Horse Racing Classes
When you do a deep dive into the form of a horse, you’ll need to know everything about horse racing classes.
They’re not essential for beginner punters, but we’d suggest knowing a little bit about classes before placing your bets.
Knowing whether your horse is running in the correct grade or out of its grade is important. It factors significantly in bookmakers’ markets, so there’s no reason why it shouldn’t be a factor in your betting strategy.
Classes differ depending on what state you’re betting in. However, we’ll use Victorian and New South Wales-based class systems for this article.
Before we detail the different types of classes, here’s why you need to know about them.
Why you should factor in racing classes when betting
What class your runner is racing in will have an impact on many things. For instance, if your runner is rated at Benchmark 64 grade and is running in a Benchmark 84 race, it’s running way out of its grade.
Therefore, it has a lower chance of winning. However, the handicapper will give your runner a lighter weight to counter the difference in class.
On the contrary, if your runner is a high-rated type and is dropping down in class, it will be given a big weight.
Factoring in classes is a huge aspect of gambling. Due to conditions of the race, a runner rising way up in grade might not be suited by the weights.
Different types of horse racing classes
Punters should note: A Benchmark 84 class running on a Wednesday isn’t the same level as a Benchmark 84 class on Saturday.
Premier racing days are always rated above any race midweek, unless it’s during the Melbourne Spring Carnival, which races on a Tuesday and Thursday.
A maiden class is for horses that have yet to win a race. They carry the lowest prize money of all the classes. There are subcategories of the maiden class, which includes special maidens. A special maiden is a runner that has won a race but is still eligible to race against a maiden field.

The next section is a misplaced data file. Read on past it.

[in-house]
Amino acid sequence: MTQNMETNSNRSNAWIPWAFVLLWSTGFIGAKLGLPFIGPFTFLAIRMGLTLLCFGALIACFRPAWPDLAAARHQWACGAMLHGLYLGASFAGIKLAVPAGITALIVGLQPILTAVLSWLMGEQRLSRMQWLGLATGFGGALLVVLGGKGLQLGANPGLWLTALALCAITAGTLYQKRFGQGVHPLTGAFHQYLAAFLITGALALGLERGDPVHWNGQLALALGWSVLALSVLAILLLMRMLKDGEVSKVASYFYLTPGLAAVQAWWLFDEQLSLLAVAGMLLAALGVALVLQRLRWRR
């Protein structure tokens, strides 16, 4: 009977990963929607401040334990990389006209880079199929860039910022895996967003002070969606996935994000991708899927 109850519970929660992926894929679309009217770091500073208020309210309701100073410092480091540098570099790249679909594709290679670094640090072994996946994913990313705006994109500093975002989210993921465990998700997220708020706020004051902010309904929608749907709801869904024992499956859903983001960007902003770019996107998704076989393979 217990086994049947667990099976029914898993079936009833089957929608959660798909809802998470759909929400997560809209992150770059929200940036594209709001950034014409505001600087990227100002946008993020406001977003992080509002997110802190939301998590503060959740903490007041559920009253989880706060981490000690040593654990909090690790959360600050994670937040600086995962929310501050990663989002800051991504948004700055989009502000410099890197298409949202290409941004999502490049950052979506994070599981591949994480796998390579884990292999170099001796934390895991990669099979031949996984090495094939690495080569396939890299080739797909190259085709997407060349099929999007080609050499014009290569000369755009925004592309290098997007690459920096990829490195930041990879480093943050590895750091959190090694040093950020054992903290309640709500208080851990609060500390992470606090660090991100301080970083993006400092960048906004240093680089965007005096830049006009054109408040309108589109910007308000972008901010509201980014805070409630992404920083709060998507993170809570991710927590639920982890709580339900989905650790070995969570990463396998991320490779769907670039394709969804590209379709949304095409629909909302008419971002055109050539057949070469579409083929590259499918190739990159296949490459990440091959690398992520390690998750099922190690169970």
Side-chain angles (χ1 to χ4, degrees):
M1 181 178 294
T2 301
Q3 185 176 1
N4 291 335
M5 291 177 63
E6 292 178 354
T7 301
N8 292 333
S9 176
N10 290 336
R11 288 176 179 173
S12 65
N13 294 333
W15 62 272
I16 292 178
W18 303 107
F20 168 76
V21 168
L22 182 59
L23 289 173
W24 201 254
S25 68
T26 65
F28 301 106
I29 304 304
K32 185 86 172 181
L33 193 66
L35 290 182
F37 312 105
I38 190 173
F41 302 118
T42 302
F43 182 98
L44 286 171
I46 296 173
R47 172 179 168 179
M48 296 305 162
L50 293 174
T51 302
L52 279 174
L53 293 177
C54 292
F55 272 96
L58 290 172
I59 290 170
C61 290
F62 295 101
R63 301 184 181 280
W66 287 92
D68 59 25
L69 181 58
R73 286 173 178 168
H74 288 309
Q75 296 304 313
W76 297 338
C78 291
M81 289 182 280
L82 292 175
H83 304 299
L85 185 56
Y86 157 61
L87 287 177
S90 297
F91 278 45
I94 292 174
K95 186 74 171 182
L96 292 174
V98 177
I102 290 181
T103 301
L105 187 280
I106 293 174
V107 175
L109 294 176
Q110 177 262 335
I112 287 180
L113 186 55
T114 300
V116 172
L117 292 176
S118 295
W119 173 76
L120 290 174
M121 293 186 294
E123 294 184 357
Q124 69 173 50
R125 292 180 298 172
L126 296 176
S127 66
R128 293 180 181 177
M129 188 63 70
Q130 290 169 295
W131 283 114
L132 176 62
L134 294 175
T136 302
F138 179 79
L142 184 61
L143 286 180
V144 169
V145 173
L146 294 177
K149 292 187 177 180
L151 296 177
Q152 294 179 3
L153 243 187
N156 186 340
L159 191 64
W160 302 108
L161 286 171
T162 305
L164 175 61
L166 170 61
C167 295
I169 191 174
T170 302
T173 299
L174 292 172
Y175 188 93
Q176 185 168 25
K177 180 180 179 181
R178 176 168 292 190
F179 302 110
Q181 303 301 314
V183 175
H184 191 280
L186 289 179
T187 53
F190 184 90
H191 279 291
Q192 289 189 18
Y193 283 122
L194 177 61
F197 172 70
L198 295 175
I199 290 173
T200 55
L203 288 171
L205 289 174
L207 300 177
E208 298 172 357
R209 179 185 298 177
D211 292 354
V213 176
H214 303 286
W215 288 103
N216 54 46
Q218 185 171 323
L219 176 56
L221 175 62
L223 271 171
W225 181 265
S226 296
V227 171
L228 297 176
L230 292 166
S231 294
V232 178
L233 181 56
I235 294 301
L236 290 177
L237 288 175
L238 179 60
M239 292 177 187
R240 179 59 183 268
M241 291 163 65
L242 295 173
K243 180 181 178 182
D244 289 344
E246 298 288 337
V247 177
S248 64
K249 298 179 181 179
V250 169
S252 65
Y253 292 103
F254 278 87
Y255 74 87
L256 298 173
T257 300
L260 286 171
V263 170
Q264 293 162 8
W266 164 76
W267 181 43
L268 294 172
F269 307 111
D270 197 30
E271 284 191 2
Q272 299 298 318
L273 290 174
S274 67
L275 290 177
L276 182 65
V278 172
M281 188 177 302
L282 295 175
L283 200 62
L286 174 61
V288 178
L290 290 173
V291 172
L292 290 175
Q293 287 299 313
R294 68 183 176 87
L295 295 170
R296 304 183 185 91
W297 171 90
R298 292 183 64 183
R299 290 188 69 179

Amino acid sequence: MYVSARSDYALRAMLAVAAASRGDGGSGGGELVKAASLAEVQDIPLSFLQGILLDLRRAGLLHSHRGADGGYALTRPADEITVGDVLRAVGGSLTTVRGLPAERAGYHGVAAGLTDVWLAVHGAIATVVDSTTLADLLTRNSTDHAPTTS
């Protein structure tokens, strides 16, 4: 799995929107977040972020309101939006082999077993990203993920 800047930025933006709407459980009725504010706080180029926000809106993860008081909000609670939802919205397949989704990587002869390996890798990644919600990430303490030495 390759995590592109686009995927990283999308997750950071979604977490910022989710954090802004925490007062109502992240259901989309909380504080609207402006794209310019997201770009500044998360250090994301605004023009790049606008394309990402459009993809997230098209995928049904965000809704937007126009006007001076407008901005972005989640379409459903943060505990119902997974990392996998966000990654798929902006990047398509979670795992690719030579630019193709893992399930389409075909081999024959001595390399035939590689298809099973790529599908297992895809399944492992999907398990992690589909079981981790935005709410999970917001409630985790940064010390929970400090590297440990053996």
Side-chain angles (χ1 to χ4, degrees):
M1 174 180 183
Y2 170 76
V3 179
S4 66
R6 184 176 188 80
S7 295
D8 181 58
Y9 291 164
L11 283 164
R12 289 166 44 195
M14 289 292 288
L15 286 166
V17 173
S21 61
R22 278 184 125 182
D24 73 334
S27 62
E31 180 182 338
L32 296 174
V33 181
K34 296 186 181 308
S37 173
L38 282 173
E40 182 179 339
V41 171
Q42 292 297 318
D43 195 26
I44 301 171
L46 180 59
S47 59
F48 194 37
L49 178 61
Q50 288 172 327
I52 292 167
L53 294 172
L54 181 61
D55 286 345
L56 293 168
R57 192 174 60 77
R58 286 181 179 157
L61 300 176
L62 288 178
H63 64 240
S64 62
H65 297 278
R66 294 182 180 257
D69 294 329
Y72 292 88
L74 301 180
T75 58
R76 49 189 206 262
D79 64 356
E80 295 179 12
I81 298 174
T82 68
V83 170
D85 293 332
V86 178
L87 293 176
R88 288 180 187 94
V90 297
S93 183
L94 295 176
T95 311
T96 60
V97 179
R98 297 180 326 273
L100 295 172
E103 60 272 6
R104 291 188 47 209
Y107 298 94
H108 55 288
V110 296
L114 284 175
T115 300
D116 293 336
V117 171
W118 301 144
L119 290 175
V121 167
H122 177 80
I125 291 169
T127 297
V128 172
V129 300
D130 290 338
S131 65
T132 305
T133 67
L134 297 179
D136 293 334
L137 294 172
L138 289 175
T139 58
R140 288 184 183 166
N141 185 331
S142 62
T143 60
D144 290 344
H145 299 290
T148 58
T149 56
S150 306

You won’t see any Benchmark 58 races on a Saturday. These are available for the country and provincial meetings for runners that have either broken maiden grades, or have been struggling to win at Benchmark 64.
The natural progression for a runner that has just won its maiden race. It’s the next step in the career path and although rated lowly, there have been some nice Benchmark 64 types in the past.
You’ll often see a Benchmark 70 on a Wednesday or at the start of a Saturday card during the winter or summer months. A Benchmark 70 runner is likely trying to progress through the grades.
A Benchmark 78 runner has a touch of class but hasn’t yet gone to the high grades. Some horses stay in this grade for a long time, but it’s a good race to win for any runner looking to scale the heights of group racing.
Decent money is on offer for Benchmark 84 horses. They are a common fixture on metropolitan race cards and often produce good horses. If your runner is racing consistently in this grade, you have found a good one.
The horses running in this grade have been around the traps a few times. They’re the horses that consistently battle it out for the win, and they have a touch of class. Often, group horses will have a run in this grade to get their season started. However, they will have to carry a big weight.
Not the most common race on the calendar, a Benchmark 96 race is often on offer for resuming stayers looking for something bigger later in the season. There aren’t too many of these races in New South Wales, but Victoria has them on occasion.
Any Open Class runner has made their way through the grades and deserves to race for big money. They are quality horses and all the major racing tracks host numerous Open Class races every Saturday. A win in this class gives a horse a chance of running for bigger money at stakes level.
There are three different levels of group races. Group 1, Group 2, and Group 3. Group 1 races are the pinnacle of racing in Australia and throughout the world. Group 2’s are next best and Group 3’s are a step above open class. There are different rules to get into these races, which includes age and ability. For instance, a two-year-old runner can run in a Group 1 set for only juveniles.
Technically not a class, but it’s still important for punters to know. A weight-for-age race means the younger the horse, the less weight they carry. Therefore, if you’re backing an inexperienced three-year-old in the Cox Plate, that horse will carry around 50kg. Some horses prefer racing under weight-for-age conditions, as opposed to open class.